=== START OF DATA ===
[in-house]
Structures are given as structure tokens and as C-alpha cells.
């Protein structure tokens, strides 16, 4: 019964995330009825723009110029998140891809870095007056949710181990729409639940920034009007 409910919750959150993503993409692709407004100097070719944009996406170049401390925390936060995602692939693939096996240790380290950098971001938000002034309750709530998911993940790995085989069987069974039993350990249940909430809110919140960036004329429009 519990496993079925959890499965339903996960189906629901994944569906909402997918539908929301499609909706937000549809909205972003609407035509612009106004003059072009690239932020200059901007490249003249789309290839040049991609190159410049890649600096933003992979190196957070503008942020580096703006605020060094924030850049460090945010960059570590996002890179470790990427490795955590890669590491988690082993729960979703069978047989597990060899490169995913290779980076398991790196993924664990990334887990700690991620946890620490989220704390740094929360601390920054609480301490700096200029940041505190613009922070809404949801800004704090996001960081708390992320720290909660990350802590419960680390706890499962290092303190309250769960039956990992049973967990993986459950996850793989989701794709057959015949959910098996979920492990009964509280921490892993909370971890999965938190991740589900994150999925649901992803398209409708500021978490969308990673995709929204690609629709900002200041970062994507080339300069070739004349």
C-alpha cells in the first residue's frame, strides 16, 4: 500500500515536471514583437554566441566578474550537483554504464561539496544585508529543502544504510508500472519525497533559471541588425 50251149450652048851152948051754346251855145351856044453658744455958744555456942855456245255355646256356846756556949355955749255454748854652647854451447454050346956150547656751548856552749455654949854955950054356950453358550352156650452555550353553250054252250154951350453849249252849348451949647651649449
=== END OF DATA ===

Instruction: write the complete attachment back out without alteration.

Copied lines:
[in-house]
Structures are given as structure tokens and as C-alpha cells.
């Protein structure tokens, strides 16, 4: 019964995330009825723009110029998140891809870095007056949710181990729409639940920034009007 409910919750959150993503993409692709407004100097070719944009996406170049401390925390936060995602692939693939096996240790380290950098971001938000002034309750709530998911993940790995085989069987069974039993350990249940909430809110919140960036004329429009 519990496993079925959890499965339903996960189906629901994944569906909402997918539908929301499609909706937000549809909205972003609407035509612009106004003059072009690239932020200059901007490249003249789309290839040049991609190159410049890649600096933003992979190196957070503008942020580096703006605020060094924030850049460090945010960059570590996002890179470790990427490795955590890669590491988690082993729960979703069978047989597990060899490169995913290779980076398991790196993924664990990334887990700690991620946890620490989220704390740094929360601390920054609480301490700096200029940041505190613009922070809404949801800004704090996001960081708390992320720290909660990350802590419960680390706890499962290092303190309250769960039956990992049973967990993986459950996850793989989701794709057959015949959910098996979920492990009964509280921490892993909370971890999965938190991740589900994150999925649901992803398209409708500021978490969308990673995709929204690609629709900002200041970062994507080339300069070739004349």
C-alpha cells in the first residue's frame, strides 16, 4: 500500500515536471514583437554566441566578474550537483554504464561539496544585508529543502544504510508500472519525497533559471541588425 50251149450652048851152948051754346251855145351856044453658744455958744555456942855456245255355646256356846756556949355955749255454748854652647854451447454050346956150547656751548856552749455654949854955950054356950453358550352156650452555550353553250054252250154951350453849249252849348451949647651649449